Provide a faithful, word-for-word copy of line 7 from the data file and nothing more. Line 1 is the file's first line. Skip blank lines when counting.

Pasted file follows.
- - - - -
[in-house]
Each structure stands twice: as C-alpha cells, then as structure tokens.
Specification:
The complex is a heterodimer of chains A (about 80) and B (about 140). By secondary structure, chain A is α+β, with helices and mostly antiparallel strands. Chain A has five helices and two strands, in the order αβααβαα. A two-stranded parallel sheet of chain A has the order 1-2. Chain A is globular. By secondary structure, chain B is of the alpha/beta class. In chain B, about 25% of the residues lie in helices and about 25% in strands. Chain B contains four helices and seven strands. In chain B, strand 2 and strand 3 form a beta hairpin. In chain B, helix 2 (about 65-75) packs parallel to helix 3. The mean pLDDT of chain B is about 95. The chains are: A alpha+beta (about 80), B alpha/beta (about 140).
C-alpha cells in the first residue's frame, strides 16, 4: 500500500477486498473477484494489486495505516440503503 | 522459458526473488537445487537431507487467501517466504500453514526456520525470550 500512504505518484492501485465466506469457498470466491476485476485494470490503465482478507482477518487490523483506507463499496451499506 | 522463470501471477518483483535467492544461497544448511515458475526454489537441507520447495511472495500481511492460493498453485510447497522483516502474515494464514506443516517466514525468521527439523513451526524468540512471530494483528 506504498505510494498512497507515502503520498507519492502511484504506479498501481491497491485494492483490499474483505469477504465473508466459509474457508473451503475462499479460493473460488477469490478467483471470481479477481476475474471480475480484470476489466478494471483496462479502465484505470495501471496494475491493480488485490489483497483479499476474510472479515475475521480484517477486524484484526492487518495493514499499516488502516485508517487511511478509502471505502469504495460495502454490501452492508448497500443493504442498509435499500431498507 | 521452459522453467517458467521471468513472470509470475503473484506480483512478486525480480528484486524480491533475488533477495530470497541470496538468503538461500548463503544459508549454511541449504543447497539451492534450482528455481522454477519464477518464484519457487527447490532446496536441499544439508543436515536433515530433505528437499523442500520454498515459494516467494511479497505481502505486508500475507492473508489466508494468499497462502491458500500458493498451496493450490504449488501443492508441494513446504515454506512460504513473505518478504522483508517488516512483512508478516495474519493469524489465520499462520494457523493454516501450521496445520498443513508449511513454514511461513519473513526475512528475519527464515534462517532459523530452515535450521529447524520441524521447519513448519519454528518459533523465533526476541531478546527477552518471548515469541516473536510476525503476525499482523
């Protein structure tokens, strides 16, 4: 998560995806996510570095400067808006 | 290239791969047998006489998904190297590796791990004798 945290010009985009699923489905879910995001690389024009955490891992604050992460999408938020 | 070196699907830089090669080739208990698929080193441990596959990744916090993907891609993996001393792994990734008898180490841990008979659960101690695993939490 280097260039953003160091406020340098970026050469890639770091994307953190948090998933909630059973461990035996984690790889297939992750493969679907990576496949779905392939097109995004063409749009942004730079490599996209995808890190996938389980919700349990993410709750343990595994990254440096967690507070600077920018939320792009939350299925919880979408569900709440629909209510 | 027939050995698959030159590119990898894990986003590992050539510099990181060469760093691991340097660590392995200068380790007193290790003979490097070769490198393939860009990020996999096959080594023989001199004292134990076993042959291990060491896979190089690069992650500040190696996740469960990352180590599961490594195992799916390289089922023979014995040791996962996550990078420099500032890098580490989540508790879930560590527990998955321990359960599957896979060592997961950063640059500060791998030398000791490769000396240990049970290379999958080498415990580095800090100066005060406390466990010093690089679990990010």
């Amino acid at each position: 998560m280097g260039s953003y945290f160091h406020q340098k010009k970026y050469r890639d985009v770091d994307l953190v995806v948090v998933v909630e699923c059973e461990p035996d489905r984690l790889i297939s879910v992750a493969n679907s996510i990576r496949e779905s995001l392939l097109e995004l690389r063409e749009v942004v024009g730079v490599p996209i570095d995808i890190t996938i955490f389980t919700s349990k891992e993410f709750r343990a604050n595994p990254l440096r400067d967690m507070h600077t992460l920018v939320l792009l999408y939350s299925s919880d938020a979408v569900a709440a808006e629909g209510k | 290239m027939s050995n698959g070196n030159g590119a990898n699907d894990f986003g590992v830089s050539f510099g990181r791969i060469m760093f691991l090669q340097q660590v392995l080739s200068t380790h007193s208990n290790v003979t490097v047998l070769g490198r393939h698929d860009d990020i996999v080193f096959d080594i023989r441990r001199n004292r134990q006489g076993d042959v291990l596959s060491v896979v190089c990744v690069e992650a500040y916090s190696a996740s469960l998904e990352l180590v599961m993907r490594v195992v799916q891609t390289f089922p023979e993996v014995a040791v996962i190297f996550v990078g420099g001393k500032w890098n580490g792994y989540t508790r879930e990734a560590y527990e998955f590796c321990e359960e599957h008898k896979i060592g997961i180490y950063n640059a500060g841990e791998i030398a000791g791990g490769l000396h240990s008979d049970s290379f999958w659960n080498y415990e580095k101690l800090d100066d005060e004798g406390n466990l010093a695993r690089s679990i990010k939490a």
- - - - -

């Amino acid at each position: 998560m280097g260039s953003y945290f160091h406020q340098k010009k970026y050469r890639d985009v770091d994307l953190v995806v948090v998933v909630e699923c059973e461990p035996d489905r984690l790889i297939s879910v992750a493969n679907s996510i990576r496949e779905s995001l392939l097109e995004l690389r063409e749009v942004v024009g730079v490599p996209i570095d995808i890190t996938i955490f389980t919700s349990k891992e993410f709750r343990a604050n595994p990254l440096r400067d967690m507070h600077t992460l920018v939320l792009l999408y939350s299925s919880d938020a979408v569900a709440a808006e629909g209510k | 290239m027939s050995n698959g070196n030159g590119a990898n699907d894990f986003g590992v830089s050539f510099g990181r791969i060469m760093f691991l090669q340097q660590v392995l080739s200068t380790h007193s208990n290790v003979t490097v047998l070769g490198r393939h698929d860009d990020i996999v080193f096959d080594i023989r441990r001199n004292r134990q006489g076993d042959v291990l596959s060491v896979v190089c990744v690069e992650a500040y916090s190696a996740s469960l998904e990352l180590v599961m993907r490594v195992v799916q891609t390289f089922p023979e993996v014995a040791v996962i190297f996550v990078g420099g001393k500032w890098n580490g792994y989540t508790r879930e990734a560590y527990e998955f590796c321990e359960e599957h008898k896979i060592g997961i180490y950063n640059a500060g841990e791998i030398a000791g791990g490769l000396h240990s008979d049970s290379f999958w659960n080498y415990e580095k101690l800090d100066d005060e004798g406390n466990l010093a695993r690089s679990i990010k939490a």